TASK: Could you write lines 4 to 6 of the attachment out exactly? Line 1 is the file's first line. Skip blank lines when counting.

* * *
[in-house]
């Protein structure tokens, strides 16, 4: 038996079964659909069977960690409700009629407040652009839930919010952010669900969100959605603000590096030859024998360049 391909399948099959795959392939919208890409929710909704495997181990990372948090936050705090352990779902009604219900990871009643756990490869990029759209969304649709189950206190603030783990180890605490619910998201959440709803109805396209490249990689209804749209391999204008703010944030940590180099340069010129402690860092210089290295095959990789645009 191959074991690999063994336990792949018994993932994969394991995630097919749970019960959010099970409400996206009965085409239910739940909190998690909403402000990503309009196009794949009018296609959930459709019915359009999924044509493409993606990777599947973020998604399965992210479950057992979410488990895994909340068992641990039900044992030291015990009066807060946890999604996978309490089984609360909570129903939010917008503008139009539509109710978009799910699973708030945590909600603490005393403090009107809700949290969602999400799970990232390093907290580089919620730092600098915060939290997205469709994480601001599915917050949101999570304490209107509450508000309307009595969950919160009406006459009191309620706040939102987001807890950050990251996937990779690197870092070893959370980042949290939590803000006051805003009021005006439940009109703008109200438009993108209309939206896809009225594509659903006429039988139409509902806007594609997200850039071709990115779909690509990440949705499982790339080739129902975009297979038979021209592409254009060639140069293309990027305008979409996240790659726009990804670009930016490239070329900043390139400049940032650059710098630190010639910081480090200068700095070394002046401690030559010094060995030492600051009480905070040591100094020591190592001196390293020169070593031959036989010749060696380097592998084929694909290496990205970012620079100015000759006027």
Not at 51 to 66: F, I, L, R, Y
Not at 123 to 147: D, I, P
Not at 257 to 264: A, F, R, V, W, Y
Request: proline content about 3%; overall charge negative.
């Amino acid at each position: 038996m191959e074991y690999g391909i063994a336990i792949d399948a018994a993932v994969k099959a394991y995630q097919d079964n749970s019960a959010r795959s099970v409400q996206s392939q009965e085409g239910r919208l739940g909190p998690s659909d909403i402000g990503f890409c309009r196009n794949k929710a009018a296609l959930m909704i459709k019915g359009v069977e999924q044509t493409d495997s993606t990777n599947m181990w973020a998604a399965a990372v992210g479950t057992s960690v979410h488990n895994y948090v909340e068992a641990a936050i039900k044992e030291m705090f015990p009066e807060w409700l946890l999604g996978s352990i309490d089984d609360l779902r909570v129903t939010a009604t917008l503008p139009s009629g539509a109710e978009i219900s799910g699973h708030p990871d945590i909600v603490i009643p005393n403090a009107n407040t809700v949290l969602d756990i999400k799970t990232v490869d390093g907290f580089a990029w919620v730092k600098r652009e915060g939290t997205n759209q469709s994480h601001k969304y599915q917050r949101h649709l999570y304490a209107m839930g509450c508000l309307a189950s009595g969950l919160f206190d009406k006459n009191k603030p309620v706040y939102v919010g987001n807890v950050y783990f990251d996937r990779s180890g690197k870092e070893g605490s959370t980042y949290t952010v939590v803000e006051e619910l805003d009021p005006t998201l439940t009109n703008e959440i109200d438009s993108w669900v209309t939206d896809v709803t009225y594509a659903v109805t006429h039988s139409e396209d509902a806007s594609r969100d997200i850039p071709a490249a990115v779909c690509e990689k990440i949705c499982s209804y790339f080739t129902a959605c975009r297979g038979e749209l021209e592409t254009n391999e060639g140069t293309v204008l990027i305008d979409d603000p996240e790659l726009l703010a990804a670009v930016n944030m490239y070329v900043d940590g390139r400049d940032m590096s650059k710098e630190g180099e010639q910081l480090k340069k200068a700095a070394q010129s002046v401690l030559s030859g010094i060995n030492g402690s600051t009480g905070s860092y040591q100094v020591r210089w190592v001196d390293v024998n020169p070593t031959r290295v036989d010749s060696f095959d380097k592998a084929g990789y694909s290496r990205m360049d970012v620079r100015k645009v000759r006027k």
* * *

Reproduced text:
Not at 123 to 147: D, I, P
Not at 257 to 264: A, F, R, V, W, Y
Request: proline content about 3%; overall charge negative.